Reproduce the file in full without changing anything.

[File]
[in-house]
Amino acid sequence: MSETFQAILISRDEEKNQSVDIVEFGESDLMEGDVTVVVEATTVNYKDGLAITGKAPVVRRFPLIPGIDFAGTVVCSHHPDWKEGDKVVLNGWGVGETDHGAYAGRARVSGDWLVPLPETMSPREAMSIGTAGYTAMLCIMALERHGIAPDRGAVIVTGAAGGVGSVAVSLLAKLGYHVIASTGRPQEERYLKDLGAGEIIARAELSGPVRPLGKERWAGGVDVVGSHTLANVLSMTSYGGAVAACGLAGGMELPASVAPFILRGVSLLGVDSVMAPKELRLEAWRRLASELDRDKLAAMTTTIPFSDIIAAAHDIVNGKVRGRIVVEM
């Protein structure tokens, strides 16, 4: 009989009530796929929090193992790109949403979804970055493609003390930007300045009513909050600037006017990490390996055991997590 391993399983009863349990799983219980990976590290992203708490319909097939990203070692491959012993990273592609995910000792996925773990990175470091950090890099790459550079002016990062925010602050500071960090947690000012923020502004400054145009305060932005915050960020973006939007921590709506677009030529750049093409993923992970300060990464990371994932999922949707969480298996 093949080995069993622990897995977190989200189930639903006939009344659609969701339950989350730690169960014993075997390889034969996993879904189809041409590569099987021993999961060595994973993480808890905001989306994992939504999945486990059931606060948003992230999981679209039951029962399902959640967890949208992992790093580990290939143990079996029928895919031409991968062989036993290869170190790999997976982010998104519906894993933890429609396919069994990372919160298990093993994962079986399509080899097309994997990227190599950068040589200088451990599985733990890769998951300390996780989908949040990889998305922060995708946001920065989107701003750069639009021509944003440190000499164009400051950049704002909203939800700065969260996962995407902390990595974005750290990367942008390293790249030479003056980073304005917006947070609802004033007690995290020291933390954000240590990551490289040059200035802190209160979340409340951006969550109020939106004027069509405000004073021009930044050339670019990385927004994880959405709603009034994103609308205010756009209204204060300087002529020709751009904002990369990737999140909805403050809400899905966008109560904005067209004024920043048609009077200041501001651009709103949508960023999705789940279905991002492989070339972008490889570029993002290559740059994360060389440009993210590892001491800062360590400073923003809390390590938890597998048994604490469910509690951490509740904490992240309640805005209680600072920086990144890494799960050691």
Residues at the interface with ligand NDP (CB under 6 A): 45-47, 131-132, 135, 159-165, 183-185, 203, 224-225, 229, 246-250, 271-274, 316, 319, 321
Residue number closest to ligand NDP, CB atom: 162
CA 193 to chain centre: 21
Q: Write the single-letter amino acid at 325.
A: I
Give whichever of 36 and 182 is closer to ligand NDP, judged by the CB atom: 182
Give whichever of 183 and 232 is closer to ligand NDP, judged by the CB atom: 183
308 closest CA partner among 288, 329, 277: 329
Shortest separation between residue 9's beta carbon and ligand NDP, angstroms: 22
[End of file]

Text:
[in-house]
Amino acid sequence: MSETFQAILISRDEEKNQSVDIVEFGESDLMEGDVTVVVEATTVNYKDGLAITGKAPVVRRFPLIPGIDFAGTVVCSHHPDWKEGDKVVLNGWGVGETDHGAYAGRARVSGDWLVPLPETMSPREAMSIGTAGYTAMLCIMALERHGIAPDRGAVIVTGAAGGVGSVAVSLLAKLGYHVIASTGRPQEERYLKDLGAGEIIARAELSGPVRPLGKERWAGGVDVVGSHTLANVLSMTSYGGAVAACGLAGGMELPASVAPFILRGVSLLGVDSVMAPKELRLEAWRRLASELDRDKLAAMTTTIPFSDIIAAAHDIVNGKVRGRIVVEM
């Protein structure tokens, strides 16, 4: 009989009530796929929090193992790109949403979804970055493609003390930007300045009513909050600037006017990490390996055991997590 391993399983009863349990799983219980990976590290992203708490319909097939990203070692491959012993990273592609995910000792996925773990990175470091950090890099790459550079002016990062925010602050500071960090947690000012923020502004400054145009305060932005915050960020973006939007921590709506677009030529750049093409993923992970300060990464990371994932999922949707969480298996 093949080995069993622990897995977190989200189930639903006939009344659609969701339950989350730690169960014993075997390889034969996993879904189809041409590569099987021993999961060595994973993480808890905001989306994992939504999945486990059931606060948003992230999981679209039951029962399902959640967890949208992992790093580990290939143990079996029928895919031409991968062989036993290869170190790999997976982010998104519906894993933890429609396919069994990372919160298990093993994962079986399509080899097309994997990227190599950068040589200088451990599985733990890769998951300390996780989908949040990889998305922060995708946001920065989107701003750069639009021509944003440190000499164009400051950049704002909203939800700065969260996962995407902390990595974005750290990367942008390293790249030479003056980073304005917006947070609802004033007690995290020291933390954000240590990551490289040059200035802190209160979340409340951006969550109020939106004027069509405000004073021009930044050339670019990385927004994880959405709603009034994103609308205010756009209204204060300087002529020709751009904002990369990737999140909805403050809400899905966008109560904005067209004024920043048609009077200041501001651009709103949508960023999705789940279905991002492989070339972008490889570029993002290559740059994360060389440009993210590892001491800062360590400073923003809390390590938890597998048994604490469910509690951490509740904490992240309640805005209680600072920086990144890494799960050691």
Residues at the interface with ligand NDP (CB under 6 A): 45-47, 131-132, 135, 159-165, 183-185, 203, 224-225, 229, 246-250, 271-274, 316, 319, 321
Residue number closest to ligand NDP, CB atom: 162
CA 193 to chain centre: 21
Q: Write the single-letter amino acid at 325.
A: I
Give whichever of 36 and 182 is closer to ligand NDP, judged by the CB atom: 182
Give whichever of 183 and 232 is closer to ligand NDP, judged by the CB atom: 183
308 closest CA partner among 288, 329, 277: 329
Shortest separation between residue 9's beta carbon and ligand NDP, angstroms: 22